Model application to the James River reproduces the observed densitydriven
current. Effect of springtoneap tidal dynamics on vertical stratification and density
driven currents is simulated by the model. Longitudinal position of the head of
xvii
salinity intrusion was found to move up and down the estuary due to change in river
discharge and tidal condition. Increasing river discharge caused an increase in relative
stratification. Spring tide produced more mixing and enhanced salt intrusion while
neap tide produced more stratification. The observed frontal structure near Newport
News Point was successfully simulated as a narrow zone of surface flow convergence
and strong vertical transport. Simulation of the formation and evaluation of the front
show reasonable agreement with available field data. Sensitivity of the model results
to such parameters as turbulence model, advection scheme, horizontal grid, vertical
grid, and bottom boundary condition was investigated and the results were presented.
xviii
CHAPTER 1
INTRODUCTION
1.1 Background
Estuaries are the transition regions where the fresh water from the land mixes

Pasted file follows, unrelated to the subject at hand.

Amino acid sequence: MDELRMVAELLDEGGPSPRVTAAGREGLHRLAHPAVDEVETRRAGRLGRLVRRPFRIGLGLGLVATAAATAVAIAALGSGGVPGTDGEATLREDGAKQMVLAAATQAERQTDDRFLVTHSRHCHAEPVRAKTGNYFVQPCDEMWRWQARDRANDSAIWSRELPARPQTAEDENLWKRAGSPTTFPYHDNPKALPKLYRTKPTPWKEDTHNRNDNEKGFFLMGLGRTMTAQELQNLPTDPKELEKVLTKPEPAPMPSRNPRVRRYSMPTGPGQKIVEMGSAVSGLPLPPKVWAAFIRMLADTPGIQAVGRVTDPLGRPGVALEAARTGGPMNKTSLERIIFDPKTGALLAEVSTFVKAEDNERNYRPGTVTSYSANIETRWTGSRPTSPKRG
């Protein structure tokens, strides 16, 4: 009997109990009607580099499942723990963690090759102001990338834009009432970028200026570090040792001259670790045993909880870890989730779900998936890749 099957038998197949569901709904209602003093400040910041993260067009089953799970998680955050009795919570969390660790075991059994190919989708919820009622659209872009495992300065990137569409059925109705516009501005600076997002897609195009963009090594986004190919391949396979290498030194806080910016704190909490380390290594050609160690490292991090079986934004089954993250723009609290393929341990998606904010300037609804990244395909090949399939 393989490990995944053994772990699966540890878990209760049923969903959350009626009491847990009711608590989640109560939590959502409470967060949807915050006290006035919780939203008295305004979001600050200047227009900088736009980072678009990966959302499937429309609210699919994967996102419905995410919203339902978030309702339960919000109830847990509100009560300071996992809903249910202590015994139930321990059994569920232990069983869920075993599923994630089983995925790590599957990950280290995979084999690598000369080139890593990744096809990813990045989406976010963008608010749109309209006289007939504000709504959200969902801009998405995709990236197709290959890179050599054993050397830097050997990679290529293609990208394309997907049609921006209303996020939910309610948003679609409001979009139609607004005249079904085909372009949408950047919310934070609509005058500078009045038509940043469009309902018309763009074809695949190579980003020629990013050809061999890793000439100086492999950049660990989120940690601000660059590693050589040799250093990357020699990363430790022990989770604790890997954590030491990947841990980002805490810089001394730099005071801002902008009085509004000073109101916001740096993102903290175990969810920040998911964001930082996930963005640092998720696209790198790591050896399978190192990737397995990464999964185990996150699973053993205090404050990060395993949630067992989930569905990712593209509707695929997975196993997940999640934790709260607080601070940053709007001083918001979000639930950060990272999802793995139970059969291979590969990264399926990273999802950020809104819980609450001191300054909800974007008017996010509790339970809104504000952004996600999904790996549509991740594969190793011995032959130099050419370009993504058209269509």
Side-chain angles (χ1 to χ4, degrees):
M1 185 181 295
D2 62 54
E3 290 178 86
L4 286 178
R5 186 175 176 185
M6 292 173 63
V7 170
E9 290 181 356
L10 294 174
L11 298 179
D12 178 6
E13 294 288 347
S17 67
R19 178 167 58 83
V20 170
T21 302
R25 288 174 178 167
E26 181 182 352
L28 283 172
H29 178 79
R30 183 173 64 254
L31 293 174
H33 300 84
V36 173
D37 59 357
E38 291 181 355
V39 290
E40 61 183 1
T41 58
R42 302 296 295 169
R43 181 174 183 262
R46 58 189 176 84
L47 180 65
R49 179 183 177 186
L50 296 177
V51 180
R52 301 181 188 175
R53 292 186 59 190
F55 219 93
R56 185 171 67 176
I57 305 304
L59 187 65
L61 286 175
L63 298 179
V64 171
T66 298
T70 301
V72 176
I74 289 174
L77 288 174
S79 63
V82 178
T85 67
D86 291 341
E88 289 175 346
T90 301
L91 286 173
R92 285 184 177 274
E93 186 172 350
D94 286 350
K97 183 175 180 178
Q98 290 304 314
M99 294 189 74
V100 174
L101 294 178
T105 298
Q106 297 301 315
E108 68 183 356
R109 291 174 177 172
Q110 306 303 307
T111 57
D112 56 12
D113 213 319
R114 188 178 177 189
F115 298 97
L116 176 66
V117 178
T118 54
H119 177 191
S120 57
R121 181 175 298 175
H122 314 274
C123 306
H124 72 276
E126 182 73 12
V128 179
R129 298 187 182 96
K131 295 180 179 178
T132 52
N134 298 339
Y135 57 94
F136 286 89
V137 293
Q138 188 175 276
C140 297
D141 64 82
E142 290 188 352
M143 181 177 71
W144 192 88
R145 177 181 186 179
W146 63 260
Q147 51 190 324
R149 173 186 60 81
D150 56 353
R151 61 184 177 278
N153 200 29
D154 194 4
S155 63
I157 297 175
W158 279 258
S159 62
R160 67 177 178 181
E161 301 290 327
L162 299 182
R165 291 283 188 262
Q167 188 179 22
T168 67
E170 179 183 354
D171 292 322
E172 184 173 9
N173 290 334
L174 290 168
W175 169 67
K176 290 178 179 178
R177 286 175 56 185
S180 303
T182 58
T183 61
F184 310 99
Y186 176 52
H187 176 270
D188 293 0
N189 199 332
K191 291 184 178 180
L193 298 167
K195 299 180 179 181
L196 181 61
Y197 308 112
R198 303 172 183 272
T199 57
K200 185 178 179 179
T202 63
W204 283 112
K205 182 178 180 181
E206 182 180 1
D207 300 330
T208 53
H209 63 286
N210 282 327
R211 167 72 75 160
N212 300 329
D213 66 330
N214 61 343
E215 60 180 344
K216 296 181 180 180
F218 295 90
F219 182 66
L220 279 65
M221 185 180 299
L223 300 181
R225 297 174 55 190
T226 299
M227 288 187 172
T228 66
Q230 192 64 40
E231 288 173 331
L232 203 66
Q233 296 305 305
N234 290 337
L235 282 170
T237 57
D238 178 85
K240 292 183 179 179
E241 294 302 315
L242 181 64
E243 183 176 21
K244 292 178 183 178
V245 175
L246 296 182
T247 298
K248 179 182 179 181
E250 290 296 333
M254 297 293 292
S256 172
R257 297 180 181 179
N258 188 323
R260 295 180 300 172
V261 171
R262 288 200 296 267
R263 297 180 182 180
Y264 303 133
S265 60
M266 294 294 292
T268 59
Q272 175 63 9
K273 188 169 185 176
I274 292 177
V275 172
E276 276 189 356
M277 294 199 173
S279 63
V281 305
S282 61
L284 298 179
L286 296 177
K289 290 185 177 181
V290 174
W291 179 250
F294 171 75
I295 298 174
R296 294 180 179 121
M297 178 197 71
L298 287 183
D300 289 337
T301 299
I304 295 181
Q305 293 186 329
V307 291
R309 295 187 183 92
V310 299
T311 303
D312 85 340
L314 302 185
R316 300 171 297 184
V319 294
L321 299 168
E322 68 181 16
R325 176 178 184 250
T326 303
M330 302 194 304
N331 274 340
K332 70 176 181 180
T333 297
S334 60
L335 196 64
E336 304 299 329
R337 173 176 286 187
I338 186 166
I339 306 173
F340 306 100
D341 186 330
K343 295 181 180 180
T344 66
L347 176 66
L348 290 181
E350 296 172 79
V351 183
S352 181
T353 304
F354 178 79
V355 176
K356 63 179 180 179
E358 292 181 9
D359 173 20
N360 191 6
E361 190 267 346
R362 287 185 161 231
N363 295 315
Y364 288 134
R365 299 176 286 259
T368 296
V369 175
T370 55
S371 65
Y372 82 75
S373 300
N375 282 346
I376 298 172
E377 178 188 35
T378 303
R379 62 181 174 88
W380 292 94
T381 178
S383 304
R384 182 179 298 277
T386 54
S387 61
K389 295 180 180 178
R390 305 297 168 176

with the saline water from the sea. Cameron and Pritchard (1963) have defined
an estuary as "a semienclosed coastal body of water which has a free connection
with the open sea and within which sea water is measurably diluted with fresh water
derived from land drainage" (p. 306). This definition implies two important dynamics
in an estuary: a horizontal density gradient between the fresh water and the sea
water, and a generation of kinetic energy caused by tidal currents. These dynamics
control the circulation pattern, the mixing processes, and the salinity and temperature
distributions that are the major physical problems that need to be understood in an
estuary. Ecologically, most estuaries are controlled by physical factors (Kinne, 1967)
such as tide, river discharge, wind, salinity, and morphology of the estuarine area.
Vertical mixing caused by the bottom and/or surface friction, tidal currents, and
the river discharge produces vertical and longitudinal gradients of salinity in the
mixing zone. Large river discharge and small mixing energy form sharp vertical
gradients in an estuary, which is referred to as "stratified". Saltwedge is the limiting
case of the stratified estuary. If the river discharge is small and the tidal mixing
energy large, slight vertical gradients of salinity will be developed. In the limiting
case, a "wellmixed" estuary is formed.